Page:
The World Keeps Turning with Columnist Allen Woods: An artist responds to insurrection

  • This painting by Dr. Imo NseImeh was inspired by the death of Ashli Babbit in the Jan. 6 riots. The title, “and i’ll be there with you,” is taken from Donald Trump’s speech to the crowd that day. IMAGE COURTESY OF DR. IMO NSE IMEH

Published: 1/28/2022 11:20:40 AM
Modified: 1/28/2022 11:19:22 AM

” . . . more often than not, art is a disruptive form, that serves as a tool for changing existing political and social realities.” InnaDidenko, artist.

On Jan. 15, 2022, the 93rd anniversary of Martin Luther King Jr.’s birth, I drove down from I-91 over the canal in Holyoke to view what I believe is a historic, artist’s work-in-progress by Dr. Imo NseImeh at Pulp gallery. Engendered by the Jan. 6 attack on the U.S Capitol, I came away forcefully moved, appreciative, and slightly disrupted.

Dr. Imeh identifies himself ( as an artist, “scholar of African Diaspora art,” and in the essay “The Hope of Radiance,” “a Black Christian man” who “cannot unsee” the naked hatred and violence of that day, including the powerful symbols of a Christian cross and a gallows for lynching. These images pile on top of the videos of George Floyd being “slowly suffocated to death” and the execution of unarmed Ahmed Arbery and others: the lack of a strong response from many White Christian faith leaders brought Imeh to the brink of “spiritual homelessness.”

Large, powerful images (most 7-by7-foot’ or more) in a smallish room created countless personal impressions and responses: I can provide some limited description of two. First is the historical context: the classic and immaculate construction our Capitol building and White House were largely performed by slaves, rented by the U.S government.

Imeh reminds us of this fact (or enlightens us for the first time) by using the vivid, imagined faces of slaves as the ground beneath the Capitol area. It is a great irony and blind spot for many White Americans: even the founding and creation of a nation with aspirations of “liberty and justice for all” was entirely dependent on, and accepting of, the poisonous institution of slavery.

The second is the overarching, conflicted response by true Christians to the tragedies unleashed by the lies of Donald Trump. Imeh makes his response visual in the panel “and i’ll be there with you,” the only image in the exhibit with a splash of color beyond black and white. The title is the final great lie told that day by Donald Trump, leading to the death of Army veteran Ashli Babbitt, among others. Imeh poses her body gracefully, as Jesus’s in Michelangelo’s sculpture Pieta, but explains in his notes that he does not see her as a martyr and does not sympathize with her or her cause “even in the slightest.” Her death is a tragedy: her sacrifice is “hollow” because it is “based in lies.”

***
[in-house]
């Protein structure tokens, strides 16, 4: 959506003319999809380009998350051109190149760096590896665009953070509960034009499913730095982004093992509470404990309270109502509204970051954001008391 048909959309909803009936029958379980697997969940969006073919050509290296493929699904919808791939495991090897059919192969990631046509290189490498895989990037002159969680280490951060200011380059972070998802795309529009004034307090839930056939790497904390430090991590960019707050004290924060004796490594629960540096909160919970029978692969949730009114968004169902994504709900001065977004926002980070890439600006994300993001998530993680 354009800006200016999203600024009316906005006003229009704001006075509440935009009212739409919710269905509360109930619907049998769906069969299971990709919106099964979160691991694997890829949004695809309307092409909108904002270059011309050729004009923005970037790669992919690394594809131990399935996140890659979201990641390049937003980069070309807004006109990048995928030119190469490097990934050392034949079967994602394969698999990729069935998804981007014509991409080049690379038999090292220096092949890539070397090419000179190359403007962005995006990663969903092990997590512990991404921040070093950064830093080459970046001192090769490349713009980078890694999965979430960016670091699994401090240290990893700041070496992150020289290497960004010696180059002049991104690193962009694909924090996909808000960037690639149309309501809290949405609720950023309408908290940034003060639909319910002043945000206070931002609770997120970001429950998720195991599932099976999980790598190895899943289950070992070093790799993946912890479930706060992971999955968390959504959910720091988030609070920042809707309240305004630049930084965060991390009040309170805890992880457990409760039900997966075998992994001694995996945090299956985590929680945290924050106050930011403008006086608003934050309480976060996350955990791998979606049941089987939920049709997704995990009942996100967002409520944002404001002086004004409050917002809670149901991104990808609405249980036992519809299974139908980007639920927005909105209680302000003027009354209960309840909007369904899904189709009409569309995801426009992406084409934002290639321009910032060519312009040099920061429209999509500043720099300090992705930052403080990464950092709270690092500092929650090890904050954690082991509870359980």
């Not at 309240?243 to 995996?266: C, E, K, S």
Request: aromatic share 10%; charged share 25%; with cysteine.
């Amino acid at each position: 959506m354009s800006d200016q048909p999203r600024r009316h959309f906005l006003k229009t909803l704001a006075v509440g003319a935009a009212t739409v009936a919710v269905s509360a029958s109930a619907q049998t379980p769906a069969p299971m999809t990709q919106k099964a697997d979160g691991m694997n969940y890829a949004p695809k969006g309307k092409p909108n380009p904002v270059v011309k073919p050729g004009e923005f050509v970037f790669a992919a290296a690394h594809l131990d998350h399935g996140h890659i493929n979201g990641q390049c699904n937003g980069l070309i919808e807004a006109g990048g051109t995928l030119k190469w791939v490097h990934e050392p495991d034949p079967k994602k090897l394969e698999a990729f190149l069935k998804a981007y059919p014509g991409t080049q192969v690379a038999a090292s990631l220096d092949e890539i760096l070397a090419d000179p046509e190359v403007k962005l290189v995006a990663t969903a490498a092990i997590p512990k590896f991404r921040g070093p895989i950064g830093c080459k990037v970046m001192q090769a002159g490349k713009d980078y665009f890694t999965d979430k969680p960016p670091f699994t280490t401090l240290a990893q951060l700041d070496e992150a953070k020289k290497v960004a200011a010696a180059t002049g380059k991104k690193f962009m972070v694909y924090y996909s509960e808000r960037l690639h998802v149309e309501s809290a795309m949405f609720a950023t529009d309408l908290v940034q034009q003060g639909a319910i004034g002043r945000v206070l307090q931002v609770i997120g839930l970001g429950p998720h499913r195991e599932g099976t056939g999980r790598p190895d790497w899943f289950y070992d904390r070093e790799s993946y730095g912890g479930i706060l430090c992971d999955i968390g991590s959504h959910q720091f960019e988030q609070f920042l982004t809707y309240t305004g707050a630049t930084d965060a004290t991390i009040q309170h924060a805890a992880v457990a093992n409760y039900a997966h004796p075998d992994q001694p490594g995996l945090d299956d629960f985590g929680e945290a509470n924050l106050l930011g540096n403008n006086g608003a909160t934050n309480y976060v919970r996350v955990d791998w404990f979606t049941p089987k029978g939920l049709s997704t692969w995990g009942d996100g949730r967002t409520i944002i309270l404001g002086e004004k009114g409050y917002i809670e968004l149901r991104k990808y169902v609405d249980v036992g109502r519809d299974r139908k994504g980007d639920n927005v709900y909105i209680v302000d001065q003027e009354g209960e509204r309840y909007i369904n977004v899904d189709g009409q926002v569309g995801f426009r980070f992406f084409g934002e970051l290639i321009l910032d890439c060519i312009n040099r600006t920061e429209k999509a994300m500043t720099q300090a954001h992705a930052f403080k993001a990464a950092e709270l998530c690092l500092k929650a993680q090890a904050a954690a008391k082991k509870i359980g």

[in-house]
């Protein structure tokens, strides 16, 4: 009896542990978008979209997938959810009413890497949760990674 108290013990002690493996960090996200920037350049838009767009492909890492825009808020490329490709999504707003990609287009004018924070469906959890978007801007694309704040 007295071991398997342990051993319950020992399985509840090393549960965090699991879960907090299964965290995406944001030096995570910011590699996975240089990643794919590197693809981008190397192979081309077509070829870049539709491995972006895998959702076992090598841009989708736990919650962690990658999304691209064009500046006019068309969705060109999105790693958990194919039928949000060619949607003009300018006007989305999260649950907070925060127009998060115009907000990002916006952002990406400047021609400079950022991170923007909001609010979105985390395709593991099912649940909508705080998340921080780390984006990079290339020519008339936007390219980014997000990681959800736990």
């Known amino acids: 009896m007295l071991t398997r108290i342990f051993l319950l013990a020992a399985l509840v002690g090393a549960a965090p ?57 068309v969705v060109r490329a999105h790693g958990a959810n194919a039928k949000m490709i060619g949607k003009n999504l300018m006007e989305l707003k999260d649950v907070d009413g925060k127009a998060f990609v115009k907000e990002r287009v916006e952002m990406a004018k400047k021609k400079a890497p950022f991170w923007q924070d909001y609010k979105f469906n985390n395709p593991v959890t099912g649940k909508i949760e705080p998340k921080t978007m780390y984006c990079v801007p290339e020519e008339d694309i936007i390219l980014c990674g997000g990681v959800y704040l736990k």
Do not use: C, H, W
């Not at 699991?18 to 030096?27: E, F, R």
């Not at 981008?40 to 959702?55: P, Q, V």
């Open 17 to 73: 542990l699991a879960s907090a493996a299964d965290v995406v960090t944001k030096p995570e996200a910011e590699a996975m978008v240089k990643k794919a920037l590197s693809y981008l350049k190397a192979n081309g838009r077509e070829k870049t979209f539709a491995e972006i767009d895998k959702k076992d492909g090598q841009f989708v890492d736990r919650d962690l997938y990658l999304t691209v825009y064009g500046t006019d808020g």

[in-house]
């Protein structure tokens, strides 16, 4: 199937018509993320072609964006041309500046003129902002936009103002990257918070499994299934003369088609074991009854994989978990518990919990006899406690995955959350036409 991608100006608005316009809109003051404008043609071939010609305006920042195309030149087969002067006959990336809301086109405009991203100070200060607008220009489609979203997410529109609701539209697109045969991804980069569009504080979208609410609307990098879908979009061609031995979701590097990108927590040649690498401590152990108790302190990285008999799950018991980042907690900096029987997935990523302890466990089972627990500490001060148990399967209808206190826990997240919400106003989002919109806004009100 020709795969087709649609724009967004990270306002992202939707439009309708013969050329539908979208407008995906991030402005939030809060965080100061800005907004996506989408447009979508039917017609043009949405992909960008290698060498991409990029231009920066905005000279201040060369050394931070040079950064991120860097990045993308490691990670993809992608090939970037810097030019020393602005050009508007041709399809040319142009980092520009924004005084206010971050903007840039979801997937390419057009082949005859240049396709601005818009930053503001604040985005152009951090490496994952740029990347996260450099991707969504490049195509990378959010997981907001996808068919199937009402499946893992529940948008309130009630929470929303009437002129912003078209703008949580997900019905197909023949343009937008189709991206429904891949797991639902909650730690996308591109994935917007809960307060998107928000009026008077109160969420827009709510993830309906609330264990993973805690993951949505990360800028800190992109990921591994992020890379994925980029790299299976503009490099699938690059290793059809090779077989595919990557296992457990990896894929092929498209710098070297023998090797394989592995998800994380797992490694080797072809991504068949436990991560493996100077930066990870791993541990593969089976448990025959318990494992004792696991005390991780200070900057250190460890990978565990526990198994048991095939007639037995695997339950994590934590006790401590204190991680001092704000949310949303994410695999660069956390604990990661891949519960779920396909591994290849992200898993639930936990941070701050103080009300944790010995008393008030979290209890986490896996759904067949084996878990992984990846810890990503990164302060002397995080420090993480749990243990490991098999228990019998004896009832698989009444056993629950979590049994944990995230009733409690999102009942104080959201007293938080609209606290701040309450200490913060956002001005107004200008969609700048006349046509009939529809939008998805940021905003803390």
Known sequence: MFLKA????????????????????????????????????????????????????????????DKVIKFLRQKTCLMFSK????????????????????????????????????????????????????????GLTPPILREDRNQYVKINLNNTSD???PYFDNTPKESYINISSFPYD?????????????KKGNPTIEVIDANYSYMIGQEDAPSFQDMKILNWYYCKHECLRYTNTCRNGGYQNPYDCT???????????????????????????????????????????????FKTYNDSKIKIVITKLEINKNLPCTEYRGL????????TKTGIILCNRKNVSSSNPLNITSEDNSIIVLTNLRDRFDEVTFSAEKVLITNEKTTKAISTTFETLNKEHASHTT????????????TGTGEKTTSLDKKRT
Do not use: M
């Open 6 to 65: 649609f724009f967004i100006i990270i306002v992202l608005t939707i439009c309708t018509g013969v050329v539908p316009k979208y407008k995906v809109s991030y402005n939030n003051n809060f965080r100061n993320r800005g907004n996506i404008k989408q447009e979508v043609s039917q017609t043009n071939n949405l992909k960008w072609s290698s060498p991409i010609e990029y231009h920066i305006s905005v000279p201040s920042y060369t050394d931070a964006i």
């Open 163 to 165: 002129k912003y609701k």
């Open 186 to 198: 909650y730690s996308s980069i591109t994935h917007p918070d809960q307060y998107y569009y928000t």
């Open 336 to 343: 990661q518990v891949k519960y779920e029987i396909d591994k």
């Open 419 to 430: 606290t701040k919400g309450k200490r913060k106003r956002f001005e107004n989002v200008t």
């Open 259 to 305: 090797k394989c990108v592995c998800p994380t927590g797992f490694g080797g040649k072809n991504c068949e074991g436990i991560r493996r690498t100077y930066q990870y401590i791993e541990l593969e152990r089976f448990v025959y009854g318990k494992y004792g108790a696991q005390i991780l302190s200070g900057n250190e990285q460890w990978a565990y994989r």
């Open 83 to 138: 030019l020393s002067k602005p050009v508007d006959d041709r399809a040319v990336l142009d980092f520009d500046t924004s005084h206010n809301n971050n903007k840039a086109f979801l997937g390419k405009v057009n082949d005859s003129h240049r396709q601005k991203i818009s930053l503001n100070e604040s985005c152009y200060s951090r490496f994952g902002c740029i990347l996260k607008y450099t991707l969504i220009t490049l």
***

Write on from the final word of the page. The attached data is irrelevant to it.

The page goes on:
But, as a Christian, he does “pity her” in her “self-destruction” that has been ”ennabled” by Trump and others, a symbol demonstrating “the conundrum of the Capitol Riots.” Brought up as a Christian myself, I have often agonized over the contradictory Biblical maxims of the Old Testament “an eye for an eye” and the New Testament “turn the other cheek,” embodied by leaders such as Gandhi, Mandela, and MLK Jr.

I have repeatedly questioned the wisdom and efficacy of nonviolence; marveled and wondered at the ability of religious family members to forgive those responsible for the death of loved ones, such as those who spoke in court to Dylann Roof after he massacred nine Black people in a church in South Carolina.

In my mind, Imeh’s image of Babbit, dead from the riots, and the Black faces dead or haunted by the White supremacy at the crux of the movement, prove that “weeping can be converted into protest,” as he hopes.

The national media narrative is that America has faced a “reckoning” on institutional racism. One definition of reckoning is “the calculation or estimation of the amount of something.” Others include some action to address the issue. I think the first is most applicable, since efforts at addressing it have sparked harsh and concerted backlash: banning books, attacking critical race theory, and widespread efforts at bringing voting rights back to the days of Jim Crow.

Combining his visual art with words, Imeh does not just want acknowledgement of our individual and societal racial issues. He wants us “to thrive” as a part of a “healthy body politic” that is “not limited to one kind or group of people.” He does not believe we should “settle for anything less than the abundance that awaits us all in this lifetime.”

I encourage you to view his works in person at Pulp in Holyoke until Feb. 6, or online at his website or the gallery’s

Allen Woods is a freelance writer, author of the Revolutionary-era crime novel “The Sword and Scabbard,” and Greenfield resident. His column appears regularly on a Saturday. Comments are welcome here or at


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